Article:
• Or simply have it with leaves and a light salad dressing – and for a twist make a more asian dressing, with fish sauce, sugar and lime juice – with a few chilis if you feel up to it!

Smoked Chicken Breast

  • Utterly wonderful on its own –
  • Use it as a great centre piece of a white wine based risotto or
  • The heart of a smoked chicken Caesar salad
  • Try it as an accompaniment to grilled asparagus – especially if you have any wonderful, home-made Caesar sauce left
  • Or just on mixed leaves with a light vinaigrette

Smoked partridge

  • Take a pack on an autumn walk – the most delicious nibbles imaginable
  • Try with an onion marmalde chutney – and if you’re looking for a home-made one, we love Delia’s runner bean chutney
  • Add to an autumn salad of cold slices of roasted sweet potato and pepper, with a honey and balsamic vinaigrette
  • Or – gently fry some field mushrooms, with garlic, butter and a few finely chopped shallots – eat on toast (preferably sourdough) as a side order to your main event – the smoked partridge of course.

here’s a new recipe for Smoked Eel from the Week

Recipe of the week

A top chef’s favourite

Lee’s cooking is known for its robust generosity, and its focus on the character of the principal ingredient. This dish sits squarely within that tradition: it is “something of a must at Quo Vadis”, says Lee – “ensconced on the menu for all time”.

Jeremy Lee, chef-proprietor at that venerable Soho institution Quo Vadis, “represents an almost forgotten line of British cooking”, says the food writer Matthew Fort. “He sources his primary materials with enthusiastic discrimination, and then treats them with rare respect.”
Lee began his career in Scotland, then came to London to hone his skills under Simon Hopkinson and Alastair Little – major names in the resurgence of modern British cooking. In 1994, he took over at the Blueprint Café at the Design Museum, where his “killer combination of French technique and love of the robust over the fancy made it a place of pilgrimage”, says Jay Rayner in The Observer. “Lee is that rare phenomenon in London’s food world – a chap everyone agrees is a good thing.”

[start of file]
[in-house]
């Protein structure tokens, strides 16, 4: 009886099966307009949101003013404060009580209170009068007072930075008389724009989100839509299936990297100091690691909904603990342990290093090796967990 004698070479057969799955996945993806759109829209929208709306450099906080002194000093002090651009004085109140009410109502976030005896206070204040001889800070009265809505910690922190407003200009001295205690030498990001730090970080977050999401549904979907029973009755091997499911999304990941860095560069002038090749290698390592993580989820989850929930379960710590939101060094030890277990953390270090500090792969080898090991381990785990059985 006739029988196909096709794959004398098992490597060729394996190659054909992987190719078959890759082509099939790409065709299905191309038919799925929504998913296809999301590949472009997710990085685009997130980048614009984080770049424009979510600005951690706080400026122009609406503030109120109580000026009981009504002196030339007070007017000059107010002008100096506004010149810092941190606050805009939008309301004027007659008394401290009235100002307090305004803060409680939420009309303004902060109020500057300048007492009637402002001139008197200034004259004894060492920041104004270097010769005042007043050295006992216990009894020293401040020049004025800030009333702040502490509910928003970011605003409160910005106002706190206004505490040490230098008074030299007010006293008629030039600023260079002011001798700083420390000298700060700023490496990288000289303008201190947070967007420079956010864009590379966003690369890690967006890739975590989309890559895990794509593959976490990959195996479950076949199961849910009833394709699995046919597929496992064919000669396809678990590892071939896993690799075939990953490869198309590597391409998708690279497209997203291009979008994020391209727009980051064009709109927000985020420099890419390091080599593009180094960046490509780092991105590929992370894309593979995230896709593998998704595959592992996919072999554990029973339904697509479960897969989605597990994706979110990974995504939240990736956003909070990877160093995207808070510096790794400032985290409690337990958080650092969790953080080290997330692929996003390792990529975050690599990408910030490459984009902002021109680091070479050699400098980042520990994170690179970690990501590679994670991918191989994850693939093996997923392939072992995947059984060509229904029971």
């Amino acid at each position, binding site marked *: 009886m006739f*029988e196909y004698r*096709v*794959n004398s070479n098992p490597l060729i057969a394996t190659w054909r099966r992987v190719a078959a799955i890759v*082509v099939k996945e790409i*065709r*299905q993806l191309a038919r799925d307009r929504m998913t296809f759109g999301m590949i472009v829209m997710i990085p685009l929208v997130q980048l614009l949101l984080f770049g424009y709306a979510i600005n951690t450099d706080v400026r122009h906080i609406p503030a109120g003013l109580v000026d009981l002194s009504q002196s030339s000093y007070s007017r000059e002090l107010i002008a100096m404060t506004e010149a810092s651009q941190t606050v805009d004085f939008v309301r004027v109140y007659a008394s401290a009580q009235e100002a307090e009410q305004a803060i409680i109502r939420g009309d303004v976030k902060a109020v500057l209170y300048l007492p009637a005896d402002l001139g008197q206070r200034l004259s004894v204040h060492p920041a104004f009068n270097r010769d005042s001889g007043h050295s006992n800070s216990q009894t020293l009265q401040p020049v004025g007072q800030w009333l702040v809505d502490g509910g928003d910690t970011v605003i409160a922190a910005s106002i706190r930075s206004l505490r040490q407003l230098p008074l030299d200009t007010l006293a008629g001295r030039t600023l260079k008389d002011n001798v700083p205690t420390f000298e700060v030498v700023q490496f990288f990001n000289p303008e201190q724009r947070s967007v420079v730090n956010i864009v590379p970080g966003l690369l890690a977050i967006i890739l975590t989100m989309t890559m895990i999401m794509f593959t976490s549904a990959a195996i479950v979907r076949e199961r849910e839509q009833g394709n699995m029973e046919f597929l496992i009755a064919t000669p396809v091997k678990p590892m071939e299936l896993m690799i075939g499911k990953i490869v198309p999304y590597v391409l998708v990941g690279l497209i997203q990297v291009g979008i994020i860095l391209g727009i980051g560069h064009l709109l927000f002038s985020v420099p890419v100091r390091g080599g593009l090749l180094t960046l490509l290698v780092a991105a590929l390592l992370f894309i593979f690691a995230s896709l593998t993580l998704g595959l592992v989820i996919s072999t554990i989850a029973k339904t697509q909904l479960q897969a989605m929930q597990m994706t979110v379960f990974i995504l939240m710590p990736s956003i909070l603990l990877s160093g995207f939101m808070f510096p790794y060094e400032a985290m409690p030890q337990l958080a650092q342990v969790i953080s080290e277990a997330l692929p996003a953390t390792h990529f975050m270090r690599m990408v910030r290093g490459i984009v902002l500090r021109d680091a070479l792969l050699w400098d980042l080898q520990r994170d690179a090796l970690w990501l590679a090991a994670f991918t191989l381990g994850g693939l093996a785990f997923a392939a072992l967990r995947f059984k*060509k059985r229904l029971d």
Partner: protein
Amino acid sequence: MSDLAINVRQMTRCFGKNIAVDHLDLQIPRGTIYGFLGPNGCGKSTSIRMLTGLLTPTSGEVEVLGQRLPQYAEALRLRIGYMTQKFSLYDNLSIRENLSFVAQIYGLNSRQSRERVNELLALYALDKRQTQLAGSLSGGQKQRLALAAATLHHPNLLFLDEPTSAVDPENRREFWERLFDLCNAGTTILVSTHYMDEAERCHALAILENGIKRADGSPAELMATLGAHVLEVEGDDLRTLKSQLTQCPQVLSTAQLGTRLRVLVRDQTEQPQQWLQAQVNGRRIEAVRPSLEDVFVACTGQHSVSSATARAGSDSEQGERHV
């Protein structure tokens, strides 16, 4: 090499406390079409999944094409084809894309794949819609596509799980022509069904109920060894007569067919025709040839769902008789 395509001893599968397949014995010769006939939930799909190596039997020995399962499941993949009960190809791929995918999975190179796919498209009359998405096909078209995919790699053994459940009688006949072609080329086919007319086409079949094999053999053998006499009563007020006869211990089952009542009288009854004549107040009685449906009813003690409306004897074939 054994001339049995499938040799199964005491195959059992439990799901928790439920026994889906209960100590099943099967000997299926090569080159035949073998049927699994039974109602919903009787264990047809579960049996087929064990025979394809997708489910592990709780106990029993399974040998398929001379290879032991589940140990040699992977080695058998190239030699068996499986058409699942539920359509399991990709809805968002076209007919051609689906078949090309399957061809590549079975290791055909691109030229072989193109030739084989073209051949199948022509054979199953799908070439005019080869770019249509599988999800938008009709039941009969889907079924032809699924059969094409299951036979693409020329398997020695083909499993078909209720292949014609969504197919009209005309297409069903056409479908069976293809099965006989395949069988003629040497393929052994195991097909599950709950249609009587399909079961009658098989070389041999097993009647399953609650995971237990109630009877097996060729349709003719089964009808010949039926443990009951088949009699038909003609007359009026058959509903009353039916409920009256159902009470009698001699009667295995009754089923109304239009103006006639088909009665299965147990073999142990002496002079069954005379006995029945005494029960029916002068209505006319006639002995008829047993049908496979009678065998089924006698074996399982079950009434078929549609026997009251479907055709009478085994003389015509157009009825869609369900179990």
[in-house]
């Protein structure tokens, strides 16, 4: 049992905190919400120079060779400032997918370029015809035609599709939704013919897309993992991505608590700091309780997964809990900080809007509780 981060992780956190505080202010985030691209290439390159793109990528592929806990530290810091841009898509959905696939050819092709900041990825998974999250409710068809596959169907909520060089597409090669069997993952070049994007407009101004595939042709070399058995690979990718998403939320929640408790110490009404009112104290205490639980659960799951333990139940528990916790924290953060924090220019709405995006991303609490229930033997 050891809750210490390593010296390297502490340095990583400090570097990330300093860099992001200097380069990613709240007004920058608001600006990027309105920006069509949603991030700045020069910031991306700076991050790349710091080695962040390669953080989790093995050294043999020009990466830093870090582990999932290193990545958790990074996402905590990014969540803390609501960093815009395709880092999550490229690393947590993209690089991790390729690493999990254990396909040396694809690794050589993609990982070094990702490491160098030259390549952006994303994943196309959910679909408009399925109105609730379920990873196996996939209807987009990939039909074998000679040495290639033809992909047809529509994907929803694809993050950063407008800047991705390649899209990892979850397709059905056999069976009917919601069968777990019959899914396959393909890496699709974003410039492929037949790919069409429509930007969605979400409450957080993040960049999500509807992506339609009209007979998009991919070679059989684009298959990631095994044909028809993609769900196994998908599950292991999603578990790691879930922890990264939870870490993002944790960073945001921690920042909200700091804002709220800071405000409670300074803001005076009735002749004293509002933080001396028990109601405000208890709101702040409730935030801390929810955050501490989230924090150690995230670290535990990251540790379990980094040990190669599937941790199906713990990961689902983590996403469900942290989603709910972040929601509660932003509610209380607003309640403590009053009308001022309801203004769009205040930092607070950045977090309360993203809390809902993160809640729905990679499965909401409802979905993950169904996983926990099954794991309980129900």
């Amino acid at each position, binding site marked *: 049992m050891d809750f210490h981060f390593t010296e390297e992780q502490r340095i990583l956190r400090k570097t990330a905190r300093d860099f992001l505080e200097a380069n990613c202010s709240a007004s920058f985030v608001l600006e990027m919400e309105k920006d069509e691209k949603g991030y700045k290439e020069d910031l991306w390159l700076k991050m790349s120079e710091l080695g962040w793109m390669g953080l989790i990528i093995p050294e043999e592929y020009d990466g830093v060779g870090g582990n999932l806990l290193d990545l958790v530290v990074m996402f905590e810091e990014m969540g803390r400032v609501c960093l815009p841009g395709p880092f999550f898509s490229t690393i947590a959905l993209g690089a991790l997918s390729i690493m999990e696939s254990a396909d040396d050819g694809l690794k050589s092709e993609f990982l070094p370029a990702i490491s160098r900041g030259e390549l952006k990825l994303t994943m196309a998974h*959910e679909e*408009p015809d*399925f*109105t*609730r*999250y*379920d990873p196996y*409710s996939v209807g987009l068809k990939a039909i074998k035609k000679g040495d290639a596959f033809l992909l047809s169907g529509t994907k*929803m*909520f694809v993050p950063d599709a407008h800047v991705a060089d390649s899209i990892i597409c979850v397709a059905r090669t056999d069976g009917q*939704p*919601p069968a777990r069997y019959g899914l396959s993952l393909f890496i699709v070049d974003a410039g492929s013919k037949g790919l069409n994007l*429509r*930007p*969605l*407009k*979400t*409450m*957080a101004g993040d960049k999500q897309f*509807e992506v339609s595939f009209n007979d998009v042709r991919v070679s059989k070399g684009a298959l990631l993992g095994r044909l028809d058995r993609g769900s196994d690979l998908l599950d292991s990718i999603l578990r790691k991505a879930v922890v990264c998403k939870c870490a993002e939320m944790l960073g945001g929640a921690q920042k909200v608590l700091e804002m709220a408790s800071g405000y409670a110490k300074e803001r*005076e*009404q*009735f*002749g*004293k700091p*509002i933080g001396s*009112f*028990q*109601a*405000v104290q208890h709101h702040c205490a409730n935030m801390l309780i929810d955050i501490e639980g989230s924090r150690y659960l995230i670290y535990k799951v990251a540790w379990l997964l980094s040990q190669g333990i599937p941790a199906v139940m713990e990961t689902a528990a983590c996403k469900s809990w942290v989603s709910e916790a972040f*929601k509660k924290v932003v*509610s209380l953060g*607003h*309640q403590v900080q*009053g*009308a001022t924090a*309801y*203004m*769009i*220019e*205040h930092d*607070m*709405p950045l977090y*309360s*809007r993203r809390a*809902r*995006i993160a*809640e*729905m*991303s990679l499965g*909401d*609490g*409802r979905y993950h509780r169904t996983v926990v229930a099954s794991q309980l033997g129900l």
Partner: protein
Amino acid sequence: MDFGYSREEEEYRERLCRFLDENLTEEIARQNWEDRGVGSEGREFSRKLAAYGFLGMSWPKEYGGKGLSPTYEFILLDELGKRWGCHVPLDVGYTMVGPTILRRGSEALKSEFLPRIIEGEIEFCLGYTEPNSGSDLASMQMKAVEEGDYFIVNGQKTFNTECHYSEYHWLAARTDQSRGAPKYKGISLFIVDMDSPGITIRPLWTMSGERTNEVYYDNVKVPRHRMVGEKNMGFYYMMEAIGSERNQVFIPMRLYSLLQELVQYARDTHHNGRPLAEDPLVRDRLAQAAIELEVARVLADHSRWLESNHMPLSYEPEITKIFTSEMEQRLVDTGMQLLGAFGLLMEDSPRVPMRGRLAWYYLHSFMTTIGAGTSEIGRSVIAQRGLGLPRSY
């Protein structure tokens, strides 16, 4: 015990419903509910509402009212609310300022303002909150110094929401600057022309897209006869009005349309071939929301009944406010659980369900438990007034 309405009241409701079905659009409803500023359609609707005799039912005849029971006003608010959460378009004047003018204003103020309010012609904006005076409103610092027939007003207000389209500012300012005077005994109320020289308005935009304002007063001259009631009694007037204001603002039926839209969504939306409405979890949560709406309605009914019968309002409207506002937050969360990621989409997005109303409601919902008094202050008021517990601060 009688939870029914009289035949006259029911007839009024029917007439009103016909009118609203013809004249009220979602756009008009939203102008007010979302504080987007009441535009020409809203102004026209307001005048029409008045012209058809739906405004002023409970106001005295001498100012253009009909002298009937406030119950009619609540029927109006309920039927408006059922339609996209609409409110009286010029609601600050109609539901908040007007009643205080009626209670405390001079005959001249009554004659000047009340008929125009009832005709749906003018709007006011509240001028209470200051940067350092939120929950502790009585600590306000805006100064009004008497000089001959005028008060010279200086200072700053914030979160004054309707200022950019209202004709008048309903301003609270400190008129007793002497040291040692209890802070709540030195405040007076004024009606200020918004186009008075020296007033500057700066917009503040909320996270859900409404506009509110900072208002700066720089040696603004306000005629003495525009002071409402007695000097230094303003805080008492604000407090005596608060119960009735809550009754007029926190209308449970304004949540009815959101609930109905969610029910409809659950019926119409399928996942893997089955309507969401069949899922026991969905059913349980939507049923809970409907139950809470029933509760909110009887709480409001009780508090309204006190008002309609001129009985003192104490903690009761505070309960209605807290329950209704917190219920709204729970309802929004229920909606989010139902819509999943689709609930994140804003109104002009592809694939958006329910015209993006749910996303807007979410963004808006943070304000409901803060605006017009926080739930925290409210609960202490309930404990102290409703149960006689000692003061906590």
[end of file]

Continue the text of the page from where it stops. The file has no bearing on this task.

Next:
• 1 slice of sourdough bread
  • butter
  • 30g-40g fillet of smoked eel (best taken from an intact fish)
  • 1 heaped tsp of horseradish cream of a fiery temperament
  • 1 heaped tsp of Dijon mustard
  • ¼ of a small red onion, peeled and thinly sliced
  • 2 tbsps of good white wine vinegar
  • 1 good pinch of sugar
  • Combine the sugar and vinegar together in a pan and gently heat until the sugar dissolves. Remove from the heat and steep the sliced onion in it, leaving it to pickle for an hour or so.
  • Warm a griddle pan over a gentle heat. Once hot, lay the slice of sourdough on the pan and brown nicely.
  • Generously spread butter on the toasted side of the bread, followed by Dijon mustard, then cut the piece of toast in half.
  • Cut the eel into three even pieces and place on top of one of the toasted sides of the bread. Add horseradish cream on top and place the other half of the bread on top (toasted side down).
  • Return the sandwich to the griddle pan and grill on one side until brown. Carefully flip the sandwich and grill for a further few minutes.
  • Drain the pickled red onions and serve alongside the sandwich.